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**LJ Idol Season 4 Week 2 Entry: What Terrifies Me**

When first I read the topic for this week’s LJ-Idol, I groaned.  Upon reading some of the entries, I wondered if a post claiming what terrifies me is all the other entries might fly.  The posts flooding in give terror a whole new name.  Having just got off the phone with SirCaliban, our terror might actually be the prospect of taking a “bye” this week.

Having just told SirCaliban to phone it in if needs be, I am back to the wonderful world of contemplating that which terrifies me.  Haunting my thoughts and dreams this week, I still do not have a good answer.  Where do I go?  I live in the greater DC area, thoughts of terrorism or nuclear attack simply get swept under the rug.  We know it is out there, we know it can happen, we know it might likely happen.  Best not to think about it, realizing that if the fates deem our time is up, so be it.

I could appease the nagging guilt in my head for being too busy to post about pediatric cancer in September.  Throw out there the obligatory cancer card.  I wouldn’t call that terrifying, though.  Worrisome and stressful, sure.  I loathe that disease.  Could loathing count?  What about my fear of my own strong emotions?

Instead, I believe I will delve once more into my childhood.  Last week’s entry sort of counts towards this topic.  So why not write up another entry that covers both?  Perhaps I can get some extra credit points?  Goodness knows, I could use all the help I can get!

Once more into my parental units goal to completely and utterly terrorize me.  Dead Man Jones was not enough for those two!  Isn’t there a saying about no rest for the weary?  Or perhaps it is for the wicked?  Either case could probably work when speaking of me.  I still have insomnia, and I wonder if the terror of my childhood has anything to do with it.

I don’t recall just how old I was when my parents first showed me this movie.  I only remember the fear that grasped at my young heart.  How was I to know that my parents pick for Movie Night would seem so utterly realistic?

It started so innocently.  Gathered around the TV with a bowl of fresh jiffy pop, we set in for the night.  As the movie began, I should have known I was doomed when the BBC logo filled the screen.  Oh this isn’t the BBC of today.  This was the BBC I knew and loved as a child.  Hokey effects, low budget, rubber monsters, and film quality that made my grandpa’s video camera look professional.

I don’t know just what it was.  The good acting of the Brits, the film that made it look like a home movie lending to the realism, or the story itself.  Any combination of the three perhaps?  All I know is by the time the movie ended, I quaked with fear, clutching my teddy bear for dear life.

It was years before I could stare at the night sky without fearing a shooting star that would bring blindness upon me.  For a girl that loved astronomy, you can imagine that double edged sword.  When others would excitedly talk about meteor showers, I would want to hide under my bed.  Every August the Perseid’s made me fear for my own life.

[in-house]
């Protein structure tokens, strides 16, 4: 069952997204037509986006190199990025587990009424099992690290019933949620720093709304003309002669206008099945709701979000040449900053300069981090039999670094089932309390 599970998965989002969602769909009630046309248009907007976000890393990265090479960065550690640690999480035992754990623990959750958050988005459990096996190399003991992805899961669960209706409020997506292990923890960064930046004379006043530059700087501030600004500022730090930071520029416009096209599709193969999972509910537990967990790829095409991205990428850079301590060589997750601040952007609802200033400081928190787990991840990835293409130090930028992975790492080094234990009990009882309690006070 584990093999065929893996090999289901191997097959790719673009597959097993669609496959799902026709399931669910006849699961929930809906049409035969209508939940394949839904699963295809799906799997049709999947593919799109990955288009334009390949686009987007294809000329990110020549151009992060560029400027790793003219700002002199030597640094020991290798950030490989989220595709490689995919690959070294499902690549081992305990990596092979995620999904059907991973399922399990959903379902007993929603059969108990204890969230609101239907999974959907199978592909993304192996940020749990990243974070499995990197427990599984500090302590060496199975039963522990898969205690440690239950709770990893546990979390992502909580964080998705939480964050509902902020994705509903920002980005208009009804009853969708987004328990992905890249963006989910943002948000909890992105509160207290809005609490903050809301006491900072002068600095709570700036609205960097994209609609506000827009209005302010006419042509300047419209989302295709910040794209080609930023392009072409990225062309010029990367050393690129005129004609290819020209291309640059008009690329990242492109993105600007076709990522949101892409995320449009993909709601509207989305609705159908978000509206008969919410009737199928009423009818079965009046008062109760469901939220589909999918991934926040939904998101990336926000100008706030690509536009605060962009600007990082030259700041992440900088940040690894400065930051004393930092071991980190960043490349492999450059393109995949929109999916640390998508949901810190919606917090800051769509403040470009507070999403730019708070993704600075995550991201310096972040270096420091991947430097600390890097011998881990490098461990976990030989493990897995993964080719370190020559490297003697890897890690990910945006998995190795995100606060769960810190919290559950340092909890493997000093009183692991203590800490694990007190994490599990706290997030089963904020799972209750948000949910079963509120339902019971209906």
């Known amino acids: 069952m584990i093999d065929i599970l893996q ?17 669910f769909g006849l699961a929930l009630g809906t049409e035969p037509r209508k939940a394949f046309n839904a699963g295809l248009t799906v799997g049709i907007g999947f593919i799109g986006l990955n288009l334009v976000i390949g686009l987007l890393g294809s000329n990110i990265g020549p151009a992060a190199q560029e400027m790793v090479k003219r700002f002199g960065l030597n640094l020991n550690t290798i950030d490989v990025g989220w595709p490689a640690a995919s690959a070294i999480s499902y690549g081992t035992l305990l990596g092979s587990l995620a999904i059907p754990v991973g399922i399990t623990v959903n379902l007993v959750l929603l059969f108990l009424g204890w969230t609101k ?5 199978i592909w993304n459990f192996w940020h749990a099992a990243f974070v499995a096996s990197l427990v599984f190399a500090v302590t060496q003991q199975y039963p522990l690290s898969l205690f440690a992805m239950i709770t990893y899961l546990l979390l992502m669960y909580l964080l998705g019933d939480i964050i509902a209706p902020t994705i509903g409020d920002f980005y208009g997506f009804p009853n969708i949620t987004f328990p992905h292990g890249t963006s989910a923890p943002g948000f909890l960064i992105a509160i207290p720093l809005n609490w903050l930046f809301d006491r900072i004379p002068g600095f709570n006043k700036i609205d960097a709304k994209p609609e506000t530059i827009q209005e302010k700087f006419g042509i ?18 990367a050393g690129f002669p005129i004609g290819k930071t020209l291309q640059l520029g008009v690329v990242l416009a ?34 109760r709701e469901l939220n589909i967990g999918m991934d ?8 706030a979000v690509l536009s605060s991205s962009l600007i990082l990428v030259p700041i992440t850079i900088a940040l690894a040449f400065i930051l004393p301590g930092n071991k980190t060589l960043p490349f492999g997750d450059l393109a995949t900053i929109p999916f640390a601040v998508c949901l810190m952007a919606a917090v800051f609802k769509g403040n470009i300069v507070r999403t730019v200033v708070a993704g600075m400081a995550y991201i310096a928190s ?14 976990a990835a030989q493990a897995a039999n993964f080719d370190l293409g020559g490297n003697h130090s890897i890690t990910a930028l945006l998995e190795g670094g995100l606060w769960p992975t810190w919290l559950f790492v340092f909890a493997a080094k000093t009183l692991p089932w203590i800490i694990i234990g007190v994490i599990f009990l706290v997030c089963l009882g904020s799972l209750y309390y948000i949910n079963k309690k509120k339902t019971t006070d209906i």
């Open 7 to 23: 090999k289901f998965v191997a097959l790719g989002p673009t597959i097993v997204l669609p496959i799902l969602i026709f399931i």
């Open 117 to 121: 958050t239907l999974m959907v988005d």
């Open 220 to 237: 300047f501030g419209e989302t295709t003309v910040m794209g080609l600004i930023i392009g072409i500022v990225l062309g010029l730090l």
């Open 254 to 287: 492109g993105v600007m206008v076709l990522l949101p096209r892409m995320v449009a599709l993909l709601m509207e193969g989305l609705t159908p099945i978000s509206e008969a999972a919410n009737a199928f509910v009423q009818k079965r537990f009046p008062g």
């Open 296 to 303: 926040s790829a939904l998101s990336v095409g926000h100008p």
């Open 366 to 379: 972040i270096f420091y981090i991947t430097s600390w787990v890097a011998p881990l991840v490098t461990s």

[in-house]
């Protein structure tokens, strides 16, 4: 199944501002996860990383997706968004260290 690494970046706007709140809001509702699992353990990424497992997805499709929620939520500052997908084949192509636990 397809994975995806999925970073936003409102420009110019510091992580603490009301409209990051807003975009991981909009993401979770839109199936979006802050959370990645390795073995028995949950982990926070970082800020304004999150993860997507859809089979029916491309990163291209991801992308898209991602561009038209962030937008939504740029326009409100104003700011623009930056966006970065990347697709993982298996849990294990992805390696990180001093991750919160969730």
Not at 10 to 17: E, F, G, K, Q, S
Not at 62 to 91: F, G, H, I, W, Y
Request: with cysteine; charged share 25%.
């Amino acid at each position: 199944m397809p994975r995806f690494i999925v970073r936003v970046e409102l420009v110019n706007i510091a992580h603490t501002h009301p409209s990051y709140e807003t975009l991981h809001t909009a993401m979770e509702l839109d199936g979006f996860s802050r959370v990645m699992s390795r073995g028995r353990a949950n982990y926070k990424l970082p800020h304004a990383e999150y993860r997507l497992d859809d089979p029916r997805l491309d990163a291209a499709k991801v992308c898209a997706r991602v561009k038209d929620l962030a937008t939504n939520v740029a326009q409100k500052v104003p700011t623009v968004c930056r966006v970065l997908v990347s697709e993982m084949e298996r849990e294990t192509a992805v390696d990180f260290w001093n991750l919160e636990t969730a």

Just what was this horrible movie?  Just what could terrorize me so much that now as a grown woman I sometimes stop to think twice?

Yes, the Triffids.  A movie at least twenty years old terrified my child self.  The Day of the Triffids begins when a meteor shower blinds virtually everyone on the planet.  Rising to the top of the food chain, the mighty Triffid plants pull up their roots and hunt out their human prey.  The only warning unsuspecting crippled humans got was the knocking sound from the base of the plant as it walked on its root feet.

Even worse, the knocking sound came from my window virtually every night.  This bush outside my window would grow this one wild branch that reached up and tapped on my window in the wind.  No matter how many times my father trimmed it, that branch reached up.  Casting bizarre triffid-like shadows in my room and knocking on my window in an attempt to find me.  I just knew it wanted to gobble me up.

Even worse, I still can’t eat celery, which is what my child-mind related the plants to.

A bad post-apocolyptic movie from the 1960’s terrorized me in the 1980’s.  Affecting me in ways that I am still discovering.

You don’t want to know what Attack of the Killer Tomatoes did to me.  I can barely touch a tomato today.

Am I twisted from insane terror from my childhood?  Yes.  Did I learn my lesson?  Not at all, I still tune in to the new terrifying envisionments from the BBC.  Hide behind the sofa, it’s Doctor Who time!

Somewhere, I know Freud is rubbing his hands with glee, happy at the torment on my psyche caused by my parents.

–Lady O